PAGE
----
The last but one
The headline coincides with the order of the editorials in this series. This is where the last but one of these 14 articles starts – all shared with you over these last few months and which we hope have helped to publically present our raison d’être and will act as a stimulus to all the forthcoming future activities. Likewise, the theme has been the different milestones in the biography of our president Javier Hernández Aguirán, and here we are going to reflect on how he obtained his international driving licence …driving with his feet and only the third person in Europe to do so. And this certainly fits in with the philosophy which we are trying to project from here –wanting one more, don’t let now ever be the last time– fill your life to the full with life itself.He achieved it after one stressful month under the guidance of the Irrintzi Driving School (Basauri). Clic para tuitear
To get down to the details of the last but one, Javier passed the theory test and the practical driving test and was issued with his driving licence by the Spanish Driver Vehicle Licensing Authority in Vizcaya, in March 2014, and after four very intense weeks of preparation under the guidance of the Irrintzi Driving School in Basauri – right now the only one in the whole of Spain able to do so. The first two weeks were a mix of theoretical and practical classes, and Javier passed the theory test on his first attempt. The four weeks of practical driving classes consisted of an average of six classes a day from Monday to Friday clocking up a total of more than 2000 km in the city and on the open road.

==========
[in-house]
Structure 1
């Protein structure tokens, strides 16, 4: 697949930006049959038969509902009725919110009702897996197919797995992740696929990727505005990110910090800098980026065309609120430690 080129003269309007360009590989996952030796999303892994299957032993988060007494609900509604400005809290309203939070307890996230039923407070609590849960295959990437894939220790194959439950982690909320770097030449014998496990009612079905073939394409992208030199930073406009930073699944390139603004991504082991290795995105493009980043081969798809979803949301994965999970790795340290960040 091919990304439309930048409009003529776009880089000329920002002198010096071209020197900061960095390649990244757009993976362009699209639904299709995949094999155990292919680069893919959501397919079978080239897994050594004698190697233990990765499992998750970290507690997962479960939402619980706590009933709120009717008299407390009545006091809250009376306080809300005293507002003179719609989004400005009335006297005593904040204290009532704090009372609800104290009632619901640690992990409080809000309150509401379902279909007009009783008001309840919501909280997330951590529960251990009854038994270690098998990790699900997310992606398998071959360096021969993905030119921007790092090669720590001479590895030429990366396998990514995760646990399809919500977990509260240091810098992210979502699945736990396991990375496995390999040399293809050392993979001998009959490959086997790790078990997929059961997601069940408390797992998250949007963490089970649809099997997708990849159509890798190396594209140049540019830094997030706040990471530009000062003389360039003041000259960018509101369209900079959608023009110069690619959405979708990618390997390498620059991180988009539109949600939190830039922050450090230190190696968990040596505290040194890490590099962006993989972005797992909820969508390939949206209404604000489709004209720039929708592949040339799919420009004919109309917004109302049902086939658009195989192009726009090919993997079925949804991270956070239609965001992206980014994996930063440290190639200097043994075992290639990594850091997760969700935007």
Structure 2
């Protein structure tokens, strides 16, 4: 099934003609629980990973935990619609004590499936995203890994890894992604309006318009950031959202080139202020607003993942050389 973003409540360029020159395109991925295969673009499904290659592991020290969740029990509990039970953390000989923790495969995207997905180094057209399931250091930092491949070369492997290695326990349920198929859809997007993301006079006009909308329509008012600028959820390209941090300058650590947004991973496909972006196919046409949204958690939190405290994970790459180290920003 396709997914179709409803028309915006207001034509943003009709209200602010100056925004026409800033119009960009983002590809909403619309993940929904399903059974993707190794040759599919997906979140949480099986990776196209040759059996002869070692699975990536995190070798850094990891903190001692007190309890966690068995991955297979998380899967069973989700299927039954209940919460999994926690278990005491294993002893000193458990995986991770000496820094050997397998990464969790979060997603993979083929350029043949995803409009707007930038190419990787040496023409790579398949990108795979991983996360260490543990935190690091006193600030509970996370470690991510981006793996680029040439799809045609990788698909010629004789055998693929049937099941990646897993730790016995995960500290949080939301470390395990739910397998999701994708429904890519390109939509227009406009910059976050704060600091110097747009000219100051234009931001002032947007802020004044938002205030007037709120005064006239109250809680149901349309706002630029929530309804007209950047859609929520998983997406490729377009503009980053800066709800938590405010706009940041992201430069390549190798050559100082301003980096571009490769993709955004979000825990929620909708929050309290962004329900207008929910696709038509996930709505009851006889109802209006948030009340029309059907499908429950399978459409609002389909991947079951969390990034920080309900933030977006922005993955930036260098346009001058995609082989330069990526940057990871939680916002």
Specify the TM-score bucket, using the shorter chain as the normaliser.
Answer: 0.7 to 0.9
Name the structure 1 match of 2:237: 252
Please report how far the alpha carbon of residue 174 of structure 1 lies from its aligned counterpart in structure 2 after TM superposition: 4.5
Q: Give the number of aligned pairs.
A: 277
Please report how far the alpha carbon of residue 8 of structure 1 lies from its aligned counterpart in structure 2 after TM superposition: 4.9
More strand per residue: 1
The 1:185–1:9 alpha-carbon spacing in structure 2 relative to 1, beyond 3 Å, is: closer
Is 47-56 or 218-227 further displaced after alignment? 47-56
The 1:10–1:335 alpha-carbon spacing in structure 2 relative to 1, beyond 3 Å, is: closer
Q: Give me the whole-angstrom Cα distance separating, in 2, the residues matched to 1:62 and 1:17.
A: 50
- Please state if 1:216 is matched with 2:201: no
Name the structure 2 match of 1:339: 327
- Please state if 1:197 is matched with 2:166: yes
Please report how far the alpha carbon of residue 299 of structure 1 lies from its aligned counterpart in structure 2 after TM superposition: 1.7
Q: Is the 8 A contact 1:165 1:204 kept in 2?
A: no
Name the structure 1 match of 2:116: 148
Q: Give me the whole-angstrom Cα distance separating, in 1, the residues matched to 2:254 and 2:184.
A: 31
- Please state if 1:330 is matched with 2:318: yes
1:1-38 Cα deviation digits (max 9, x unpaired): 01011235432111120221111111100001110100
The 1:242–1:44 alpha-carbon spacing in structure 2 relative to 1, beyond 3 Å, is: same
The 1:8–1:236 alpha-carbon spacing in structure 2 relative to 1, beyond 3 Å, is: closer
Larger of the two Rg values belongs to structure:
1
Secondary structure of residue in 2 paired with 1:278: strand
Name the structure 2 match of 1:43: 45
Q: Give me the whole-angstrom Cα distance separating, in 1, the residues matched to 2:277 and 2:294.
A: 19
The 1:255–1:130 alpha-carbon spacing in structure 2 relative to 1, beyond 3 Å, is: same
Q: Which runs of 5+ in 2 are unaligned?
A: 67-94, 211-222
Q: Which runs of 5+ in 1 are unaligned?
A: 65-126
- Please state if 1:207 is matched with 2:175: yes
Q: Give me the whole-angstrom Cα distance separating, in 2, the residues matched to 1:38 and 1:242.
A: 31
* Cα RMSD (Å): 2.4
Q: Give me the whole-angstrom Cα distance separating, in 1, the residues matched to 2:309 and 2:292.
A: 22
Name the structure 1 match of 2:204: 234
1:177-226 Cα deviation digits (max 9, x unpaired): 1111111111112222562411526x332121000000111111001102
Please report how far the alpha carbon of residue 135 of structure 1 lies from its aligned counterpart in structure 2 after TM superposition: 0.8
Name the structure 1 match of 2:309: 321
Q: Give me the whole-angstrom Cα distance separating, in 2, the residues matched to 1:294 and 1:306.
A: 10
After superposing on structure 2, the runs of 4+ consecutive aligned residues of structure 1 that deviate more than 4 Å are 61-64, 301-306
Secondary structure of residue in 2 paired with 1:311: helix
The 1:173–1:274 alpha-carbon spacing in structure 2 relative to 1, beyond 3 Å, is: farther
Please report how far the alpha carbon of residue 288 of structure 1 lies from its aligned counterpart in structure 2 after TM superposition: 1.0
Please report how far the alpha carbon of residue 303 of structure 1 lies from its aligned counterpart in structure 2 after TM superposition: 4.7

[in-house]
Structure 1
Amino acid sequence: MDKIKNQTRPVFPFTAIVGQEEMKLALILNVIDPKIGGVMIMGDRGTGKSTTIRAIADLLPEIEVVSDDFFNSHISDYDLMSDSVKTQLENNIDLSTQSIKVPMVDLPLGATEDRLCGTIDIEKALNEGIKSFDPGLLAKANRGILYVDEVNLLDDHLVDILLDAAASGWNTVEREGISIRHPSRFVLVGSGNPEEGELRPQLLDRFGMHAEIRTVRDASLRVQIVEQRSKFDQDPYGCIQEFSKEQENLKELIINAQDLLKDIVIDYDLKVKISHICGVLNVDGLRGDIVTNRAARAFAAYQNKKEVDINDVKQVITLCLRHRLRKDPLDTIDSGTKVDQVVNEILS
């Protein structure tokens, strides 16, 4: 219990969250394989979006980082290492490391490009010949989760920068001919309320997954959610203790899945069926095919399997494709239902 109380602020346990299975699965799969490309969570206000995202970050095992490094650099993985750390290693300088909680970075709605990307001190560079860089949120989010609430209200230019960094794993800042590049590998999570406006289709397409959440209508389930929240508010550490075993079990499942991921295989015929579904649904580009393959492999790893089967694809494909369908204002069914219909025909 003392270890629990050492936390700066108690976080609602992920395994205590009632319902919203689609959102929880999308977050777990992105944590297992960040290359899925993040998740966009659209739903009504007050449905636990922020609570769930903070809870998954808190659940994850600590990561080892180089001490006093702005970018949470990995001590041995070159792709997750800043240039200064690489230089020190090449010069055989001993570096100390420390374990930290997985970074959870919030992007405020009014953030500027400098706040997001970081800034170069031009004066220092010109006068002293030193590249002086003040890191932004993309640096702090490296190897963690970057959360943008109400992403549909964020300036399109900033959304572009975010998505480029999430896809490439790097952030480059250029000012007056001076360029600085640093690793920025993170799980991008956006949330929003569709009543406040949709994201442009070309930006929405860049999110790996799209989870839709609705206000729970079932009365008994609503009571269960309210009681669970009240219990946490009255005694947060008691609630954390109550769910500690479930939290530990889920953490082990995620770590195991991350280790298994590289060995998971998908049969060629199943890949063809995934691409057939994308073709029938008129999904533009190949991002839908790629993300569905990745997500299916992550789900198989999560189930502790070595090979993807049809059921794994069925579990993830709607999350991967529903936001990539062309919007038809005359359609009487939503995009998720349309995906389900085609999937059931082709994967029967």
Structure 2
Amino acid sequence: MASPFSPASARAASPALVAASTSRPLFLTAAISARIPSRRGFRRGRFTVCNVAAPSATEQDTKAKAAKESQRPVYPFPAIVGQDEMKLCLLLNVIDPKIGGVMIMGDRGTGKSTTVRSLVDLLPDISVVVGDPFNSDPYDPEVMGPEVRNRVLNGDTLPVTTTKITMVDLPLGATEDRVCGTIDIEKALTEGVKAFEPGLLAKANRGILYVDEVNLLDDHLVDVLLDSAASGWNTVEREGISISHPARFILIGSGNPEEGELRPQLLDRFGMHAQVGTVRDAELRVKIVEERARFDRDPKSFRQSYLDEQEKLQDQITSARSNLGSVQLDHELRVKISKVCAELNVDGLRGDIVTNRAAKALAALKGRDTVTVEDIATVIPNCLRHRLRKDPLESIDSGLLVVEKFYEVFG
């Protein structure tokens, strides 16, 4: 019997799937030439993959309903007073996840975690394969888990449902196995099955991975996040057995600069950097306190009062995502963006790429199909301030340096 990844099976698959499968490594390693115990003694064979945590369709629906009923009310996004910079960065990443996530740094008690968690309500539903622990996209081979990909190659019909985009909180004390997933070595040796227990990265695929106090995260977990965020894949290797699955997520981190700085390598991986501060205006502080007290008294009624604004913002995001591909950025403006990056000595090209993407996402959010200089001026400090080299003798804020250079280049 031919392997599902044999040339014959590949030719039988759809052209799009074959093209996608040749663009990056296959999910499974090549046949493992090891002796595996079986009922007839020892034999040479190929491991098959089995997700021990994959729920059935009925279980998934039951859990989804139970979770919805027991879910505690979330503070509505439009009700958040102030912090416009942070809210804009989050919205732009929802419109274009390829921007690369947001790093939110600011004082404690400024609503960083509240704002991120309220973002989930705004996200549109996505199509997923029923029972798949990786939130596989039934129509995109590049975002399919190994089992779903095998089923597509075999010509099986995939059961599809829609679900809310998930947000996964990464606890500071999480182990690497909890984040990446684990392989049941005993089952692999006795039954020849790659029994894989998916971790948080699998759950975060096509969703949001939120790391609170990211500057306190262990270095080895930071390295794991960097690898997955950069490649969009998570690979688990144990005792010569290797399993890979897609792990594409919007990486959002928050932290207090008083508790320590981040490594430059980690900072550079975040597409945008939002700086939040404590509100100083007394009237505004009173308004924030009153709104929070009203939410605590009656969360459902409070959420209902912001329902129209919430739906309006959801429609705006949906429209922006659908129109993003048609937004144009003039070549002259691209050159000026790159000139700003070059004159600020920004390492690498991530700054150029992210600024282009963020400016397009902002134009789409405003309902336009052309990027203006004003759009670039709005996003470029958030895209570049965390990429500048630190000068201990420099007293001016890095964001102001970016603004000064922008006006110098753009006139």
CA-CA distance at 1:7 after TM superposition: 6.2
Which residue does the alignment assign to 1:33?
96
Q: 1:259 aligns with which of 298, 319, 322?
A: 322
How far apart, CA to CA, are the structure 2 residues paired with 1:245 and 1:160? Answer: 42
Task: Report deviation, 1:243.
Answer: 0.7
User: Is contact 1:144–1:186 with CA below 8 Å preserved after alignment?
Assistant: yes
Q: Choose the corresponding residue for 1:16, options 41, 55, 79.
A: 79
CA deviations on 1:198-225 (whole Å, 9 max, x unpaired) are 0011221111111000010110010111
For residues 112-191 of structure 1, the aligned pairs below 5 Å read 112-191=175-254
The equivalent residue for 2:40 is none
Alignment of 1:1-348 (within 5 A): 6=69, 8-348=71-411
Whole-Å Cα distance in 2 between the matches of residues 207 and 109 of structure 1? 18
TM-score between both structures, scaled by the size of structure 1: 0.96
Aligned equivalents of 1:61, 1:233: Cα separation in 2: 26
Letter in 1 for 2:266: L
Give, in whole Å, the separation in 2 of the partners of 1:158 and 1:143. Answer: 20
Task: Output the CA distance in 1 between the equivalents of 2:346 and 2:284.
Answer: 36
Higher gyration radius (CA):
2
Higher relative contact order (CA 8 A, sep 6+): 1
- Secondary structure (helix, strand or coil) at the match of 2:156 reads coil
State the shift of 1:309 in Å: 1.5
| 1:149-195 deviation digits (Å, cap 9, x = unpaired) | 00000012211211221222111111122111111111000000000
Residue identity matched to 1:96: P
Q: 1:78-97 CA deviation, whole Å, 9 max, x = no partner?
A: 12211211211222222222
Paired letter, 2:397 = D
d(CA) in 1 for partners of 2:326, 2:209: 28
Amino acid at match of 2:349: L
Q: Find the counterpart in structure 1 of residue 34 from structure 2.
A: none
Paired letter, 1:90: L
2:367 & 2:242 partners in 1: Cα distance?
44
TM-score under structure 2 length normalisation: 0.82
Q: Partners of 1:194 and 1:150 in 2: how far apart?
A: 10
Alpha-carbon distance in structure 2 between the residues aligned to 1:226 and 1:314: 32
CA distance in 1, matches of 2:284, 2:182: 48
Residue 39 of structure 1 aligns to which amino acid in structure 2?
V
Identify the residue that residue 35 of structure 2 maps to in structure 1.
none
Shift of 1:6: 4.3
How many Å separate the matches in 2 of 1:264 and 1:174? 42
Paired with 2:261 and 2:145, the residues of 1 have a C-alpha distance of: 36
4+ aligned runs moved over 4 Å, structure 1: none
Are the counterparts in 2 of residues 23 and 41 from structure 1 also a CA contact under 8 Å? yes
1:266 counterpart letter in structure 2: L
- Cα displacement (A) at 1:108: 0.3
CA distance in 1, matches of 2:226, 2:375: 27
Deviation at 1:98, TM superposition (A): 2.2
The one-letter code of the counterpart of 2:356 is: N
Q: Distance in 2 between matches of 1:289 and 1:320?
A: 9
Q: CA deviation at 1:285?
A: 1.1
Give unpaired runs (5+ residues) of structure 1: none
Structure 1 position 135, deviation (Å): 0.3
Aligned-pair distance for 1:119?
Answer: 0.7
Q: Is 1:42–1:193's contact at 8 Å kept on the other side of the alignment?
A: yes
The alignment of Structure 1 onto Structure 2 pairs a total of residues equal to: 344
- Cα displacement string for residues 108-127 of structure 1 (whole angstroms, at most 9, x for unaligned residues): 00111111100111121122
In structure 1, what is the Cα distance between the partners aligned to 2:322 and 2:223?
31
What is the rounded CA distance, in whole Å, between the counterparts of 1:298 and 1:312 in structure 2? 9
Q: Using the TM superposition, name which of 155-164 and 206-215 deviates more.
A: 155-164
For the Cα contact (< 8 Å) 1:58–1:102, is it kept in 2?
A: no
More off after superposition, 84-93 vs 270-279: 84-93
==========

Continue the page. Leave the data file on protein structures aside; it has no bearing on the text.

“I remember him for his tremendous enthusiasm and desire to learn. Even when he was in the garage looking at technical aspects which don´t usually interest drivers” says Hugo Martín, head mechanic and a driving teacher at Irrintzi. He goes on to say “We could describe him with many adjectives, but I would stick with his calmness. He is always quiet, analysing, looking to improve but without ever getting in a state. Everything is done calmly. I remember how at the end of each class he would ask about what he had done well, what he had done badly and how he could improve. He made it very easy for me”.
José María Andrés, in charge of Irrinzti and the teacher who spent almost all the time with him in his practical lessons: “I expected him to pass and to do it as well as he did. The most important thing, and he did this, was to show that he was completely safe at the wheel, so that absolutely nobody could doubt his capability. I would highlight his great capacity for adaption and for overcoming obstacles”.
Read more details in the new edition of the biography ‘From My Feet to Your Mind’.